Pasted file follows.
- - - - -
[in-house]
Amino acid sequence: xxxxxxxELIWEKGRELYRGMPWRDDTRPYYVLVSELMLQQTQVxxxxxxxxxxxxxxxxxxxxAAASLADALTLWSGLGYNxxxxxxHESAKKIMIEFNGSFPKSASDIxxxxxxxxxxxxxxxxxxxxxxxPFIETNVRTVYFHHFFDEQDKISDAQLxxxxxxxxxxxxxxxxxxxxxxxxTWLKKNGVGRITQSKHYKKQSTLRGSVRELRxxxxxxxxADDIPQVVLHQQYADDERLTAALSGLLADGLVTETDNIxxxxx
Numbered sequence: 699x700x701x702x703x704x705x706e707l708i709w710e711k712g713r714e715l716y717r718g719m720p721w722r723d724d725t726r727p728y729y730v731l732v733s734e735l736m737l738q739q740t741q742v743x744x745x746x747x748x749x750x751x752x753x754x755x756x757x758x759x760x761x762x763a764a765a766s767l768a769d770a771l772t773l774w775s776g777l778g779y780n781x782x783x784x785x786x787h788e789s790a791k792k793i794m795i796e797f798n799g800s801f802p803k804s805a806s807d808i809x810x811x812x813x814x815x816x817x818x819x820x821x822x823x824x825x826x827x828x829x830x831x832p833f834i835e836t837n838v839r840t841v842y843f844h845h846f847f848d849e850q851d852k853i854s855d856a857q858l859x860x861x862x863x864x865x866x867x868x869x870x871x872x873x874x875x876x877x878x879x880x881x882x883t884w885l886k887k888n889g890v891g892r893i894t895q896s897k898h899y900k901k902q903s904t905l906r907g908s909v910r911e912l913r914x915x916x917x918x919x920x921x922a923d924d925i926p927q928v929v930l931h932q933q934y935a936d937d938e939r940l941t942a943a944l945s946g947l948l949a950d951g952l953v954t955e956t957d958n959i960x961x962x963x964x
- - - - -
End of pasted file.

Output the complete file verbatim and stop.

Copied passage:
[in-house]
Amino acid sequence: xxxxxxxELIWEKGRELYRGMPWRDDTRPYYVLVSELMLQQTQVxxxxxxxxxxxxxxxxxxxxAAASLADALTLWSGLGYNxxxxxxHESAKKIMIEFNGSFPKSASDIxxxxxxxxxxxxxxxxxxxxxxxPFIETNVRTVYFHHFFDEQDKISDAQLxxxxxxxxxxxxxxxxxxxxxxxxTWLKKNGVGRITQSKHYKKQSTLRGSVRELRxxxxxxxxADDIPQVVLHQQYADDERLTAALSGLLADGLVTETDNIxxxxx
Numbered sequence: 699x700x701x702x703x704x705x706e707l708i709w710e711k712g713r714e715l716y717r718g719m720p721w722r723d724d725t726r727p728y729y730v731l732v733s734e735l736m737l738q739q740t741q742v743x744x745x746x747x748x749x750x751x752x753x754x755x756x757x758x759x760x761x762x763a764a765a766s767l768a769d770a771l772t773l774w775s776g777l778g779y780n781x782x783x784x785x786x787h788e789s790a791k792k793i794m795i796e797f798n799g800s801f802p803k804s805a806s807d808i809x810x811x812x813x814x815x816x817x818x819x820x821x822x823x824x825x826x827x828x829x830x831x832p833f834i835e836t837n838v839r840t841v842y843f844h845h846f847f848d849e850q851d852k853i854s855d856a857q858l859x860x861x862x863x864x865x866x867x868x869x870x871x872x873x874x875x876x877x878x879x880x881x882x883t884w885l886k887k888n889g890v891g892r893i894t895q896s897k898h899y900k901k902q903s904t905l906r907g908s909v910r911e912l913r914x915x916x917x918x919x920x921x922a923d924d925i926p927q928v929v930l931h932q933q934y935a936d937d938e939r940l941t942a943a944l945s946g947l948l949a950d951g952l953v954t955e956t957d958n959i960x961x962x963x964x